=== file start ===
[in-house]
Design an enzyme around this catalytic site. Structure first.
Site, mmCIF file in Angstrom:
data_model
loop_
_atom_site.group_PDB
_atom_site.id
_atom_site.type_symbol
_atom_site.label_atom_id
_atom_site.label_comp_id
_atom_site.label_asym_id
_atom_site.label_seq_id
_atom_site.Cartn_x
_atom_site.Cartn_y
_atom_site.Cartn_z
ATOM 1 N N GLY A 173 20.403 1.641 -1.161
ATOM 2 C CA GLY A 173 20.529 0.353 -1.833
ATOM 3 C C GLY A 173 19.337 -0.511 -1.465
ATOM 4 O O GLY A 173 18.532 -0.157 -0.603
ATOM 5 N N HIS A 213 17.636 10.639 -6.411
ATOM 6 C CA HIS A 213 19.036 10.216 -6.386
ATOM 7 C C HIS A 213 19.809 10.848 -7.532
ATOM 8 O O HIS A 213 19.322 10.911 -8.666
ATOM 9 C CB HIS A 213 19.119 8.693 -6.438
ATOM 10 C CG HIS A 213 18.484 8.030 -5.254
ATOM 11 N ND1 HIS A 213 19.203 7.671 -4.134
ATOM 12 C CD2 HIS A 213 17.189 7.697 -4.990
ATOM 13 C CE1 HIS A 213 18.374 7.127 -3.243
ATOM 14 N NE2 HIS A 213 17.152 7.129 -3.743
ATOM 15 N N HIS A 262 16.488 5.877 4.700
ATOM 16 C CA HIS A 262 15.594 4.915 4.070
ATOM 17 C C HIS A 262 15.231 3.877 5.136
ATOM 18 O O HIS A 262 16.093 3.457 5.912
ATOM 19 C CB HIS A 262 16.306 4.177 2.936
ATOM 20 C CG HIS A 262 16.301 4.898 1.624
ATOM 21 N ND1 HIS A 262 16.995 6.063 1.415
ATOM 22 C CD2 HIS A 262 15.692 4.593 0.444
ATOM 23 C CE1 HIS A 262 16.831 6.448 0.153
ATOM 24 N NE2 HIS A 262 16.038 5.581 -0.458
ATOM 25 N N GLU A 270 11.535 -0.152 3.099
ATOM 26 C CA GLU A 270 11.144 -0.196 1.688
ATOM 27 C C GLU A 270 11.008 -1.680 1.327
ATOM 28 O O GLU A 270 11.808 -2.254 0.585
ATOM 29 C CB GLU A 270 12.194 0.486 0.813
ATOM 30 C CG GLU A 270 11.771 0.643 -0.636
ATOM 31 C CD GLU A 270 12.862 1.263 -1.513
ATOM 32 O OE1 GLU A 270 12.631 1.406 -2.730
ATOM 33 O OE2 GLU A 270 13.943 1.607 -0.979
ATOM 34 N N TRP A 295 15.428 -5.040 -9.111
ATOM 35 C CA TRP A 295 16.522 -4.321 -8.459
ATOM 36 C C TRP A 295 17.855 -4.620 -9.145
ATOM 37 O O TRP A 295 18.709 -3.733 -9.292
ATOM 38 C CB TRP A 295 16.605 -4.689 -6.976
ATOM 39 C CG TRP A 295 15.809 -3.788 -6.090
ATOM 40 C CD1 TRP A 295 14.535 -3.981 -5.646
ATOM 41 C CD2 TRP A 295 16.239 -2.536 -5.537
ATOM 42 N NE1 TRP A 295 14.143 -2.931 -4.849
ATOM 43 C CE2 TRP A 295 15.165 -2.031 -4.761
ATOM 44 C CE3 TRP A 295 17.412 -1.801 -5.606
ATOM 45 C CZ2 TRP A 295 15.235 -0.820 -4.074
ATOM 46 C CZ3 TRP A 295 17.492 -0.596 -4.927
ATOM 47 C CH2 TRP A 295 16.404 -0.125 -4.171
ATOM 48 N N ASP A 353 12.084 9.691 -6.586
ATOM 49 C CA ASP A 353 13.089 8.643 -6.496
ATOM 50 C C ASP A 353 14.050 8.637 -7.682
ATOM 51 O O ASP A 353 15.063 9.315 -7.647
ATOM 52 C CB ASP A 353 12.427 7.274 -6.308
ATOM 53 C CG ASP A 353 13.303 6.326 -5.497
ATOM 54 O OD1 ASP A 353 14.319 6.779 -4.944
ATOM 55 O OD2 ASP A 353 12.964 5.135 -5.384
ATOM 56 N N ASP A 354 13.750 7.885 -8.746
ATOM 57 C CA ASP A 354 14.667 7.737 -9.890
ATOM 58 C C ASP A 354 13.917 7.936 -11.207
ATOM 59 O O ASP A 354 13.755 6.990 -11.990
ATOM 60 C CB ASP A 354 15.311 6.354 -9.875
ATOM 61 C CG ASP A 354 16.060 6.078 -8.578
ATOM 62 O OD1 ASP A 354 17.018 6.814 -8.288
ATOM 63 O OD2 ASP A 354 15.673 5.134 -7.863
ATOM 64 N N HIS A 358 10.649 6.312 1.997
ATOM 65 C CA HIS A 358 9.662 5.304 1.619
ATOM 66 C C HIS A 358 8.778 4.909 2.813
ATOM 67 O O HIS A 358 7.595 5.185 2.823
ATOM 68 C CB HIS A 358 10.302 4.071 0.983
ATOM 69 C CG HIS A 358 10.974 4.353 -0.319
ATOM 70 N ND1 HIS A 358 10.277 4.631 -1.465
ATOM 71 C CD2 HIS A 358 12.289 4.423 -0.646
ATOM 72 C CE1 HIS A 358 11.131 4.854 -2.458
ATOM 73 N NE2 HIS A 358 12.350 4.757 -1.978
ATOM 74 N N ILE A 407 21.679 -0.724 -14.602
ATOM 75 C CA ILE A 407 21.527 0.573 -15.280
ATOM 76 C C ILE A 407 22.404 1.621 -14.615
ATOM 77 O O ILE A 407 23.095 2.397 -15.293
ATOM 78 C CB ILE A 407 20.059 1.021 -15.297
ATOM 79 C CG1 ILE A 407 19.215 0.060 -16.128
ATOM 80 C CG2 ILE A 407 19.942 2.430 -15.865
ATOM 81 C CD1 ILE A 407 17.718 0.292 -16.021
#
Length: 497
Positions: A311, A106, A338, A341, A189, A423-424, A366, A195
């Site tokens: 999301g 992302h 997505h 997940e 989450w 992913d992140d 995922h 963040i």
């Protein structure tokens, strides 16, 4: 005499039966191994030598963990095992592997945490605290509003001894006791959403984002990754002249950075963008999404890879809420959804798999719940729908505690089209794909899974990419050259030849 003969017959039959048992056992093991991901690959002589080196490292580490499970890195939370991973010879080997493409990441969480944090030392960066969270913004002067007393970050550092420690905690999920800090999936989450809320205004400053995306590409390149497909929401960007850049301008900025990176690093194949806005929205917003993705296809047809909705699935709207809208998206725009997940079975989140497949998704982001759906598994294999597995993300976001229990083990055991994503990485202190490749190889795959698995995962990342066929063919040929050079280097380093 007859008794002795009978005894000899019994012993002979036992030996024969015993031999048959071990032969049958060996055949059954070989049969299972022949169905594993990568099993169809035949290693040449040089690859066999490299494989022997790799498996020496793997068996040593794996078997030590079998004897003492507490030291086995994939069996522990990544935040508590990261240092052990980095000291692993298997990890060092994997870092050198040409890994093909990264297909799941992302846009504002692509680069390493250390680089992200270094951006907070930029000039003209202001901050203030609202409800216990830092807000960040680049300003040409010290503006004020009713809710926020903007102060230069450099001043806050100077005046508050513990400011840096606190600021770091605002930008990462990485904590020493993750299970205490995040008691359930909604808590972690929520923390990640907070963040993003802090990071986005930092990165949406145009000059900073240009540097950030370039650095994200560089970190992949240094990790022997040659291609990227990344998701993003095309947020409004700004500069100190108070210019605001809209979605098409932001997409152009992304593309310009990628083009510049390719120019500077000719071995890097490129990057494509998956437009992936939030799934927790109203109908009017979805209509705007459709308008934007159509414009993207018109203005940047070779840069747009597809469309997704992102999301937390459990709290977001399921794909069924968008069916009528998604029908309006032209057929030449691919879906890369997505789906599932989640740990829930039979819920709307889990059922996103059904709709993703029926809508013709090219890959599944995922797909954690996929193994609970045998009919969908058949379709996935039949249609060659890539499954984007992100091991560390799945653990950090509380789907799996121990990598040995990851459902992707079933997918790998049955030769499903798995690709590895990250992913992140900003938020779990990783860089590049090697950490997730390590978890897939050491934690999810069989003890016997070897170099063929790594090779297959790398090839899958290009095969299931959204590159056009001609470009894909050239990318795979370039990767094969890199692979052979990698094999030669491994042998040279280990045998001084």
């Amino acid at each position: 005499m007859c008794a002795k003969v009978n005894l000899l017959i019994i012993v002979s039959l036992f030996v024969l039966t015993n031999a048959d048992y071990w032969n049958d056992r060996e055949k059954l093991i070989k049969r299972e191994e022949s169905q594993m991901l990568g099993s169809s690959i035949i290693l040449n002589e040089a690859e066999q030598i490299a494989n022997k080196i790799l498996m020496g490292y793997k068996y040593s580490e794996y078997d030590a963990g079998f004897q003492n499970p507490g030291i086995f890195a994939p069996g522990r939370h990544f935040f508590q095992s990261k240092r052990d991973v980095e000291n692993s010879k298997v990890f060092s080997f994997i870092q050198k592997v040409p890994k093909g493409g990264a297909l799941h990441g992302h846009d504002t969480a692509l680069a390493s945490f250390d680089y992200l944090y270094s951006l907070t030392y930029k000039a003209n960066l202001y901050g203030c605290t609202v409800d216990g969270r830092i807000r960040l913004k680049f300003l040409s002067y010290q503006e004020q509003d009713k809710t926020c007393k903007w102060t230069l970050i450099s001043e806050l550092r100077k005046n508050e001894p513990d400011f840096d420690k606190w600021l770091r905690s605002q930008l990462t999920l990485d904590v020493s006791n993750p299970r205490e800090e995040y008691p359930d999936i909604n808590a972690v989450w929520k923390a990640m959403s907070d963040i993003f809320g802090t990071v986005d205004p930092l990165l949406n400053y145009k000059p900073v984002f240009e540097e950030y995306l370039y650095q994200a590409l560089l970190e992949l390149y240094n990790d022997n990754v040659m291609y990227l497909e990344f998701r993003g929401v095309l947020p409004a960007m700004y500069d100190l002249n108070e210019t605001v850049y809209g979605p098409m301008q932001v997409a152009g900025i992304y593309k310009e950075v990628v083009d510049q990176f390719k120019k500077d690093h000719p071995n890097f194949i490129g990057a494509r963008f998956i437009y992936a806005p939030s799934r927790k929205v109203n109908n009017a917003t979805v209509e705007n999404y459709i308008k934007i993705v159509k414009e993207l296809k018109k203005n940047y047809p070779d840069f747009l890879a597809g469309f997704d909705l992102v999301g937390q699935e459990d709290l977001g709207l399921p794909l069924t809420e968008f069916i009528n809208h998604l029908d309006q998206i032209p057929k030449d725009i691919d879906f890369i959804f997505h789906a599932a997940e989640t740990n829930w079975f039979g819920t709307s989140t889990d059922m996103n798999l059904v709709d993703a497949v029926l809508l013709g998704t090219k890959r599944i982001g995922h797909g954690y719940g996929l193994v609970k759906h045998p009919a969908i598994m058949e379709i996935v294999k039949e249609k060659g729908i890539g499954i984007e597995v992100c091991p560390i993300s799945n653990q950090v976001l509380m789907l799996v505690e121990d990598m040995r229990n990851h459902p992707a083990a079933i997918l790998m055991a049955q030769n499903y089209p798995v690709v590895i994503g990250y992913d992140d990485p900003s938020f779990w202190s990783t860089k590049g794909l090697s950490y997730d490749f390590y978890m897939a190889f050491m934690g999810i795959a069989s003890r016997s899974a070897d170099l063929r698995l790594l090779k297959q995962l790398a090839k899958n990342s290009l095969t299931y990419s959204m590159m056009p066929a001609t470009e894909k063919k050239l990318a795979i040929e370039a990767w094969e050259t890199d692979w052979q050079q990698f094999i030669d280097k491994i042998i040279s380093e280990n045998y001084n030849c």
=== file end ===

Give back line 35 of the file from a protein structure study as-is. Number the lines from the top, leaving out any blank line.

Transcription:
ATOM 20 C CG HIS A 262 16.301 4.898 1.624